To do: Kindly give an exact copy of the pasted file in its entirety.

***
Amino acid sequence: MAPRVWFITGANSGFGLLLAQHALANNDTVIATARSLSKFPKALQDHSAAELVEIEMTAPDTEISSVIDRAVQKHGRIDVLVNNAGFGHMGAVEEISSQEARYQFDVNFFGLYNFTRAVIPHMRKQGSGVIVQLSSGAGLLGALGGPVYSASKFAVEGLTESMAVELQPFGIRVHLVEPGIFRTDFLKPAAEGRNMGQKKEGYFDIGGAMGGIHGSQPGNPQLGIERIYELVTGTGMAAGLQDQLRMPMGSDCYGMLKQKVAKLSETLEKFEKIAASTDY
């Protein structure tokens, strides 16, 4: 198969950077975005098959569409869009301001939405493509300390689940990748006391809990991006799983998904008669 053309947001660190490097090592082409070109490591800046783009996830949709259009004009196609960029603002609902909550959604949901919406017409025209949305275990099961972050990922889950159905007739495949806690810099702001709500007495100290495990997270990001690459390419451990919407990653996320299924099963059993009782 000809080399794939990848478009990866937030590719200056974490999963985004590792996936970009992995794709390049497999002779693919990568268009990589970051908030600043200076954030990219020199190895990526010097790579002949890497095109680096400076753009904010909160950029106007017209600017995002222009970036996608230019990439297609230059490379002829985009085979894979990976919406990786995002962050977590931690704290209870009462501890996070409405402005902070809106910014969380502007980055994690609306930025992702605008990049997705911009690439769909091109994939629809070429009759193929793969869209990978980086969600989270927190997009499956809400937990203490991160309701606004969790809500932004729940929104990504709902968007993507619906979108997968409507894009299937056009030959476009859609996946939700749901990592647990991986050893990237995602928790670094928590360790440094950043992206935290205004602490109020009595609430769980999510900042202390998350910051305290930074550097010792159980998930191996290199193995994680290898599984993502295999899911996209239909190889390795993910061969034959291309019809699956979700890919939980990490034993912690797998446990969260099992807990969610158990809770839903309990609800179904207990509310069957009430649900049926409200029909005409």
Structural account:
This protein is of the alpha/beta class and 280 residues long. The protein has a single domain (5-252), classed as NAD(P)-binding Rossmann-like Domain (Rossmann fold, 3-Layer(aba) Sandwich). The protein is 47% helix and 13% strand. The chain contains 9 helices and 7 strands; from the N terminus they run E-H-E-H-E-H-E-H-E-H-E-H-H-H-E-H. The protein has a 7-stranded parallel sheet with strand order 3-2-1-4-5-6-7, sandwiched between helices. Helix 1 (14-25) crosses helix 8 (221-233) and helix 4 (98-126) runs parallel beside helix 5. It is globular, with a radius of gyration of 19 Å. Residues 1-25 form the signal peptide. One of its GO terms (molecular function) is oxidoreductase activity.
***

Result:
Amino acid sequence: MAPRVWFITGANSGFGLLLAQHALANNDTVIATARSLSKFPKALQDHSAAELVEIEMTAPDTEISSVIDRAVQKHGRIDVLVNNAGFGHMGAVEEISSQEARYQFDVNFFGLYNFTRAVIPHMRKQGSGVIVQLSSGAGLLGALGGPVYSASKFAVEGLTESMAVELQPFGIRVHLVEPGIFRTDFLKPAAEGRNMGQKKEGYFDIGGAMGGIHGSQPGNPQLGIERIYELVTGTGMAAGLQDQLRMPMGSDCYGMLKQKVAKLSETLEKFEKIAASTDY
């Protein structure tokens, strides 16, 4: 198969950077975005098959569409869009301001939405493509300390689940990748006391809990991006799983998904008669 053309947001660190490097090592082409070109490591800046783009996830949709259009004009196609960029603002609902909550959604949901919406017409025209949305275990099961972050990922889950159905007739495949806690810099702001709500007495100290495990997270990001690459390419451990919407990653996320299924099963059993009782 000809080399794939990848478009990866937030590719200056974490999963985004590792996936970009992995794709390049497999002779693919990568268009990589970051908030600043200076954030990219020199190895990526010097790579002949890497095109680096400076753009904010909160950029106007017209600017995002222009970036996608230019990439297609230059490379002829985009085979894979990976919406990786995002962050977590931690704290209870009462501890996070409405402005902070809106910014969380502007980055994690609306930025992702605008990049997705911009690439769909091109994939629809070429009759193929793969869209990978980086969600989270927190997009499956809400937990203490991160309701606004969790809500932004729940929104990504709902968007993507619906979108997968409507894009299937056009030959476009859609996946939700749901990592647990991986050893990237995602928790670094928590360790440094950043992206935290205004602490109020009595609430769980999510900042202390998350910051305290930074550097010792159980998930191996290199193995994680290898599984993502295999899911996209239909190889390795993910061969034959291309019809699956979700890919939980990490034993912690797998446990969260099992807990969610158990809770839903309990609800179904207990509310069957009430649900049926409200029909005409």
Structural account:
This protein is of the alpha/beta class and 280 residues long. The protein has a single domain (5-252), classed as NAD(P)-binding Rossmann-like Domain (Rossmann fold, 3-Layer(aba) Sandwich). The protein is 47% helix and 13% strand. The chain contains 9 helices and 7 strands; from the N terminus they run E-H-E-H-E-H-E-H-E-H-E-H-H-H-E-H. The protein has a 7-stranded parallel sheet with strand order 3-2-1-4-5-6-7, sandwiched between helices. Helix 1 (14-25) crosses helix 8 (221-233) and helix 4 (98-126) runs parallel beside helix 5. It is globular, with a radius of gyration of 19 Å. Residues 1-25 form the signal peptide. One of its GO terms (molecular function) is oxidoreductase activity.